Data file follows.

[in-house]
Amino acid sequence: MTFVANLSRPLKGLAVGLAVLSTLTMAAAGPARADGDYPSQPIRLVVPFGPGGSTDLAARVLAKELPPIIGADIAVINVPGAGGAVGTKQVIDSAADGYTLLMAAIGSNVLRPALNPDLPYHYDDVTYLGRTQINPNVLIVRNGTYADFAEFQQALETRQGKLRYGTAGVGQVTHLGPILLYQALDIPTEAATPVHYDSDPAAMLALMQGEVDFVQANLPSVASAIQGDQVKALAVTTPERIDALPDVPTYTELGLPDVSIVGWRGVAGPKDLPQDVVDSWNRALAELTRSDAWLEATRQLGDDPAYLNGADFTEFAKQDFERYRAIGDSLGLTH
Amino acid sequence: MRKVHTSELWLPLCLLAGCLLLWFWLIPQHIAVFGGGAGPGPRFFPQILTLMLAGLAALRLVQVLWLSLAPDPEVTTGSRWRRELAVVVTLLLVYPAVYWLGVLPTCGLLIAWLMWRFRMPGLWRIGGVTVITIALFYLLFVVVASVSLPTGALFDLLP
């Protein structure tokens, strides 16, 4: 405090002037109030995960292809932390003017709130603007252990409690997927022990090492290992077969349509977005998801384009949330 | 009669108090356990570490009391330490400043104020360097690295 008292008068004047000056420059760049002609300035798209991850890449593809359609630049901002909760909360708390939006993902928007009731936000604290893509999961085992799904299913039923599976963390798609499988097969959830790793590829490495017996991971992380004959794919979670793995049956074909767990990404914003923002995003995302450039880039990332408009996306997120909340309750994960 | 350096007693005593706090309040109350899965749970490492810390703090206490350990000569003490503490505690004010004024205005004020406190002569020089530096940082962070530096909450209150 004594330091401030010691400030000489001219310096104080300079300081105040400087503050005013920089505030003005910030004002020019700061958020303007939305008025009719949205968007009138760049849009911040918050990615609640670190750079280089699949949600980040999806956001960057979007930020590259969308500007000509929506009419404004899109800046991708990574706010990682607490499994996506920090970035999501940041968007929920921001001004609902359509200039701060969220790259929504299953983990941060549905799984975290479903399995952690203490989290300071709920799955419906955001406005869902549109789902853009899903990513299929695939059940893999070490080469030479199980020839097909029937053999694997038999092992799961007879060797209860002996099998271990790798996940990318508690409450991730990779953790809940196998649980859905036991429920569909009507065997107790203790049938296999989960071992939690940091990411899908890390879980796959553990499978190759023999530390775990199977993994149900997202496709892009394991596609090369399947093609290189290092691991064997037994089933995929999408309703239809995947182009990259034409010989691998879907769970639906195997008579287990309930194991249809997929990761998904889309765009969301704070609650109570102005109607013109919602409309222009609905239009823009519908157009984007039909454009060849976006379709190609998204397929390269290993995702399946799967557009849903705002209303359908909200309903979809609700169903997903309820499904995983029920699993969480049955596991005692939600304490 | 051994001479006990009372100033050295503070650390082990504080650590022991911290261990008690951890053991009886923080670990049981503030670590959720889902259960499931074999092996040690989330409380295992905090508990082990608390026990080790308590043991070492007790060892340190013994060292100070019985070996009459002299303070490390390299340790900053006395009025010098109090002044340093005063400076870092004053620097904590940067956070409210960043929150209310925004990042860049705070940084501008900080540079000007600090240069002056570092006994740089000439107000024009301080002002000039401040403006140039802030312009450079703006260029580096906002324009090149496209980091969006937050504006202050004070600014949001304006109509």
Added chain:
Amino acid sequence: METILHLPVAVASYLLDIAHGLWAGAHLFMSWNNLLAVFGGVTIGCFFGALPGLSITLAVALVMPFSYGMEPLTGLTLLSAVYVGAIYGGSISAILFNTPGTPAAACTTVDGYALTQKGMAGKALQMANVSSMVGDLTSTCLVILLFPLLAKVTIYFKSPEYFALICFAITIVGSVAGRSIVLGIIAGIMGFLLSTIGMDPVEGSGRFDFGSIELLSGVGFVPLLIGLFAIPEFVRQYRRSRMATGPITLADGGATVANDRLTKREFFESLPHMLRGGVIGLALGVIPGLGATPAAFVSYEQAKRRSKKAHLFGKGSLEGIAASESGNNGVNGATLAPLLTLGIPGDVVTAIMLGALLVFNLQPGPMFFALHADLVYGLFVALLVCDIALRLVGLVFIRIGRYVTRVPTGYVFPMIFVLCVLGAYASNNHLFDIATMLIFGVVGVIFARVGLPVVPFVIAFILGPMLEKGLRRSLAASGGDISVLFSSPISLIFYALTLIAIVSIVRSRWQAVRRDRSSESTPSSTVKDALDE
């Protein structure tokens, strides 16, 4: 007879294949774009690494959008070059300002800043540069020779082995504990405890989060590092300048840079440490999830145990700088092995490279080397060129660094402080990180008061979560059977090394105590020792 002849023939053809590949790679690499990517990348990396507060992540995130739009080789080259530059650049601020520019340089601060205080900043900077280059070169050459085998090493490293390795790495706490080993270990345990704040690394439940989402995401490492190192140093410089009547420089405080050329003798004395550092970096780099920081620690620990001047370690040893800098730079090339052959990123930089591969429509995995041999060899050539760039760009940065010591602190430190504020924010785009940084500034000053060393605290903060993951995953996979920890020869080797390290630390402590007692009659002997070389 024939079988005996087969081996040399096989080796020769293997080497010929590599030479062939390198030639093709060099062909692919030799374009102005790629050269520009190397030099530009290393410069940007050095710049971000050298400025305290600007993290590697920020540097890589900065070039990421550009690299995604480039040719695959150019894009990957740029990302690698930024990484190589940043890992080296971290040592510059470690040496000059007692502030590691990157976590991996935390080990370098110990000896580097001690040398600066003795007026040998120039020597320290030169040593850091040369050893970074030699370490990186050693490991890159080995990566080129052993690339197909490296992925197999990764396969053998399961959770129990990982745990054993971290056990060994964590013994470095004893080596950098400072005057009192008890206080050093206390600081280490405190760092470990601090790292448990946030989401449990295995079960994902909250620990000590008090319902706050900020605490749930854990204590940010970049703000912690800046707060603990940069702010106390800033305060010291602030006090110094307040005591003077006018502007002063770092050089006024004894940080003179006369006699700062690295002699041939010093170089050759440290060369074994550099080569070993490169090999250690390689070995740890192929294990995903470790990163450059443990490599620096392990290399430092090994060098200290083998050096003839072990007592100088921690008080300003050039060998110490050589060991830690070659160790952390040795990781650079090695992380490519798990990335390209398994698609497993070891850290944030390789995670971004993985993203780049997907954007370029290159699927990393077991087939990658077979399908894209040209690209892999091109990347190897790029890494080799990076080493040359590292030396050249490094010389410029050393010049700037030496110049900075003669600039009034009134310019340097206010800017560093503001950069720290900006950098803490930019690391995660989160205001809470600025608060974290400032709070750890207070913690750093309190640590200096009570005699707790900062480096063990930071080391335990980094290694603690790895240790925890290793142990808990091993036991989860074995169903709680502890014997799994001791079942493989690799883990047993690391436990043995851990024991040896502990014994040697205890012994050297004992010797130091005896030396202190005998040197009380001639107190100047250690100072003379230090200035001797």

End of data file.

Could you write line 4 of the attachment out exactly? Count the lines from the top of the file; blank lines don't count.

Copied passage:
């Protein structure tokens, strides 16, 4: 405090002037109030995960292809932390003017709130603007252990409690997927022990090492290992077969349509977005998801384009949330 | 009669108090356990570490009391330490400043104020360097690295 008292008068004047000056420059760049002609300035798209991850890449593809359609630049901002909760909360708390939006993902928007009731936000604290893509999961085992799904299913039923599976963390798609499988097969959830790793590829490495017996991971992380004959794919979670793995049956074909767990990404914003923002995003995302450039880039990332408009996306997120909340309750994960 | 350096007693005593706090309040109350899965749970490492810390703090206490350990000569003490503490505690004010004024205005004020406190002569020089530096940082962070530096909450209150 004594330091401030010691400030000489001219310096104080300079300081105040400087503050005013920089505030003005910030004002020019700061958020303007939305008025009719949205968007009138760049849009911040918050990615609640670190750079280089699949949600980040999806956001960057979007930020590259969308500007000509929506009419404004899109800046991708990574706010990682607490499994996506920090970035999501940041968007929920921001001004609902359509200039701060969220790259929504299953983990941060549905799984975290479903399995952690203490989290300071709920799955419906955001406005869902549109789902853009899903990513299929695939059940893999070490080469030479199980020839097909029937053999694997038999092992799961007879060797209860002996099998271990790798996940990318508690409450991730990779953790809940196998649980859905036991429920569909009507065997107790203790049938296999989960071992939690940091990411899908890390879980796959553990499978190759023999530390775990199977993994149900997202496709892009394991596609090369399947093609290189290092691991064997037994089933995929999408309703239809995947182009990259034409010989691998879907769970639906195997008579287990309930194991249809997929990761998904889309765009969301704070609650109570102005109607013109919602409309222009609905239009823009519908157009984007039909454009060849976006379709190609998204397929390269290993995702399946799967557009849903705002209303359908909200309903979809609700169903997903309820499904995983029920699993969480049955596991005692939600304490 | 051994001479006990009372100033050295503070650390082990504080650590022991911290261990008690951890053991009886923080670990049981503030670590959720889902259960499931074999092996040690989330409380295992905090508990082990608390026990080790308590043991070492007790060892340190013994060292100070019985070996009459002299303070490390390299340790900053006395009025010098109090002044340093005063400076870092004053620097904590940067956070409210960043929150209310925004990042860049705070940084501008900080540079000007600090240069002056570092006994740089000439107000024009301080002002000039401040403006140039802030312009450079703006260029580096906002324009090149496209980091969006937050504006202050004070600014949001304006109509």